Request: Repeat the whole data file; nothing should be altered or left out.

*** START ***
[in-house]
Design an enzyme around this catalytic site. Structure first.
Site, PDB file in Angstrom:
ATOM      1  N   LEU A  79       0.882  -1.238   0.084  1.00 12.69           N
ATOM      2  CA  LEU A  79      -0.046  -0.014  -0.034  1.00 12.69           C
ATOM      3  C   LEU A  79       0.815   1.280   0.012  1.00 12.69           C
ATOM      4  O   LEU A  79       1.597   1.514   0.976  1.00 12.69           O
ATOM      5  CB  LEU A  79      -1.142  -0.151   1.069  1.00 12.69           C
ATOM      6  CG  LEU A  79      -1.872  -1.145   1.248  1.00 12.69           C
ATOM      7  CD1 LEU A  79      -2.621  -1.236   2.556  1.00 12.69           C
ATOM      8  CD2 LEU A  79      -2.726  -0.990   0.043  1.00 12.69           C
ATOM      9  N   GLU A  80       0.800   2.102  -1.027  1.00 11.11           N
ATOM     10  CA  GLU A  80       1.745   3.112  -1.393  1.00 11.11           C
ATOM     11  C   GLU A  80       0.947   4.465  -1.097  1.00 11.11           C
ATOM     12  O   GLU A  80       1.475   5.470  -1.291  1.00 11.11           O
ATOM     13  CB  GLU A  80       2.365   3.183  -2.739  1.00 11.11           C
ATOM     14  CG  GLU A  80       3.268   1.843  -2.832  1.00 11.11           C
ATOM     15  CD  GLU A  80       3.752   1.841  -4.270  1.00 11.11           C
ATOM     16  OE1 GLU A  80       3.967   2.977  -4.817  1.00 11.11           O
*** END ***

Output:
[in-house]
Design an enzyme around this catalytic site. Structure first.
Site, PDB file in Angstrom:
ATOM      1  N   LEU A  79       0.882  -1.238   0.084  1.00 12.69           N
ATOM      2  CA  LEU A  79      -0.046  -0.014  -0.034  1.00 12.69           C
ATOM      3  C   LEU A  79       0.815   1.280   0.012  1.00 12.69           C
ATOM      4  O   LEU A  79       1.597   1.514   0.976  1.00 12.69           O
ATOM      5  CB  LEU A  79      -1.142  -0.151   1.069  1.00 12.69           C
ATOM      6  CG  LEU A  79      -1.872  -1.145   1.248  1.00 12.69           C
ATOM      7  CD1 LEU A  79      -2.621  -1.236   2.556  1.00 12.69           C
ATOM      8  CD2 LEU A  79      -2.726  -0.990   0.043  1.00 12.69           C
ATOM      9  N   GLU A  80       0.800   2.102  -1.027  1.00 11.11           N
ATOM     10  CA  GLU A  80       1.745   3.112  -1.393  1.00 11.11           C
ATOM     11  C   GLU A  80       0.947   4.465  -1.097  1.00 11.11           C
ATOM     12  O   GLU A  80       1.475   5.470  -1.291  1.00 11.11           O
ATOM     13  CB  GLU A  80       2.365   3.183  -2.739  1.00 11.11           C
ATOM     14  CG  GLU A  80       3.268   1.843  -2.832  1.00 11.11           C
ATOM     15  CD  GLU A  80       3.752   1.841  -4.270  1.00 11.11           C
ATOM     16  OE1 GLU A  80       3.967   2.977  -4.817  1.00 11.11           O